Pressure on public services – is it immigration or people living longer?

During the current EU debate a frequent complaint from the Leave side is about the pressure that immigrants put on public services, while the Remain side reply with economic studies indicating that immigrants pay more in taxes than they take out.

Both sides have a point – there are definitely more people living in the UK as a result of migration and so there should in theory be a greater demand on public services. However, it is also true that new migrants are typically young, in good health and generally here to work, likely to be putting more into the system than they take out.

But can it be as simple as just that?  We are also regularly informed that the biggest pressures on public services are coming from an increasingly older population, so which is it: immigration or growing older?

I thought I would start by looking at what has happened over the last twenty years, when the population has grown by seven million people, from 58 million people living in the UK in 1995 to 65 million in 2015.

Of that increase, four million is due to net migration and three million from natural changes. So there you have it, migration is more than half the increase.

But then I looked at how the increase splits between older and younger people, i.e. those older or younger than 40?  It turns out that over the last twenty years, the number of people aged over 40 has increased by six million, while the number of people under 40 has increased by only one million.

And how much of that six million increase in the over 40s is down to migration?  Amazingly, I discovered that the answer is (approximately) zero.  17 million people reached the age of 40 over that time, much more than the just over 11 million people who died, a net increase of six million due to natural changes.

Now, just to be clear, there has of course been immigration amongst the over 40s. But, the numbers suggest that they have either been here for 20 years or more or, if they arrived more recently, that there has been equal and offsetting emigration by Brits over 40 who have left the country to work or retire abroad. For the over 40s, net migration has been effectively nil over the last couple of decades.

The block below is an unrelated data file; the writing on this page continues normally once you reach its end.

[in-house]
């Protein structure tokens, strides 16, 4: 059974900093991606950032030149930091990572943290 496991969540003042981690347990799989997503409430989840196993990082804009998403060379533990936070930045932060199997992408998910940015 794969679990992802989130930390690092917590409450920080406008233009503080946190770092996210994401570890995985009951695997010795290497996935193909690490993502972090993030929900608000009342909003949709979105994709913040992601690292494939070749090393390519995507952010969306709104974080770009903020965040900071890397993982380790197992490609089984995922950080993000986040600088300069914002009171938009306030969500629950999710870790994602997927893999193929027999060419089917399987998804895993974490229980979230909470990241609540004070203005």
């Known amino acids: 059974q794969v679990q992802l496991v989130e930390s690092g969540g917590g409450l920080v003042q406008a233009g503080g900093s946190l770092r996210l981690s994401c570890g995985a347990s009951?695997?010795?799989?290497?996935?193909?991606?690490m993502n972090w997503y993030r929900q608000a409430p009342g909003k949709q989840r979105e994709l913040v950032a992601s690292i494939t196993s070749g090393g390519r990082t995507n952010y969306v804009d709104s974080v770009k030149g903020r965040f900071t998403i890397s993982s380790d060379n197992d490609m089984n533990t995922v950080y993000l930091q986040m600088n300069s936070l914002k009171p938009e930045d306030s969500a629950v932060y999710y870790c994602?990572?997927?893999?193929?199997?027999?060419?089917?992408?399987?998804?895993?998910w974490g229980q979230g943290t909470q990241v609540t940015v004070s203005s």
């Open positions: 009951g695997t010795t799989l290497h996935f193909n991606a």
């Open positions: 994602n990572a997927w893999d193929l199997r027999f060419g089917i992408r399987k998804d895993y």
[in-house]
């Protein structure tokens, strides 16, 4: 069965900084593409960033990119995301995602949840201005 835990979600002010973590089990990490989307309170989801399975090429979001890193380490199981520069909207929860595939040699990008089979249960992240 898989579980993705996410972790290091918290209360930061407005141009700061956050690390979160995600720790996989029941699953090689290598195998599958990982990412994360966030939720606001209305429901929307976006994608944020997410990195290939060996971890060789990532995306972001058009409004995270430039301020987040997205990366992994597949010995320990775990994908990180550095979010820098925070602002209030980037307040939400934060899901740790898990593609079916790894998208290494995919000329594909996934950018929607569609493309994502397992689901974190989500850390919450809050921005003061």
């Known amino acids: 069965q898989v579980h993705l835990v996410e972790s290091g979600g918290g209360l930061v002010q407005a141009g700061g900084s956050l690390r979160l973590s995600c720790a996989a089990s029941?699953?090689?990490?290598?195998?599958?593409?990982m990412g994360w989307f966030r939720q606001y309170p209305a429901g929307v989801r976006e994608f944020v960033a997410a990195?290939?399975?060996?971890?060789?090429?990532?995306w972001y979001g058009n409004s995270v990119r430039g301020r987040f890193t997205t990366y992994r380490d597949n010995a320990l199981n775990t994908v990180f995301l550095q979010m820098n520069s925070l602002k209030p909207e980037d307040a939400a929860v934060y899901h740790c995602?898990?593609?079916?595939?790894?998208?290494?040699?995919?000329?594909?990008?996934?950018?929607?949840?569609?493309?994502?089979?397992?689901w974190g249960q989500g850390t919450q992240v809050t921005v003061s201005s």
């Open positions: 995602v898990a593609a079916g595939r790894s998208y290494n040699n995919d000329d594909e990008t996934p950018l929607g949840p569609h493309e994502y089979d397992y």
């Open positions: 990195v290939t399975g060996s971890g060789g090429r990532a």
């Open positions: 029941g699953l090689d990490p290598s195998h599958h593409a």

But of course now I was puzzled.  Looking at the overall population it appears that more than half the growth is due to migration, but if I just looked at older people of 40 and over, I discover that 6 million of the increase out of 7 million (85%) comes from those older people, with zero migration involved.

This becomes clearer when we look at the younger age group. This has only increased by 1 million people from 32 million to 33 million, an increase of just 3% over the two decades, compared with the 12% increase in the total population.

Where has all the migration gone you ask? Well, it hasn’t gone; there definitely has been a net 4 million increase in the number of people aged under 40 as a consequence of migration. But, this has been mostly offset by a reduction of three million in the number of younger people through natural changes.

Looked at in this way, it appears that three million migrants have replaced younger workers in the economy, with only one million going towards the overall increase in the total population.

A contrasting picture, as shown in this handy chart:

Immigration UK 1995 to 2015

So what is the answer? Is the increased pressure on public services due to the four million migrants arriving here over the last 20 years net of departures. Or is it down to the 6 million extra older people, which would have happened anyway even if there hadn’t been any immigration?

A question that I will leave with you to ponder.

 

Leave a Reply

Your email address will not be published.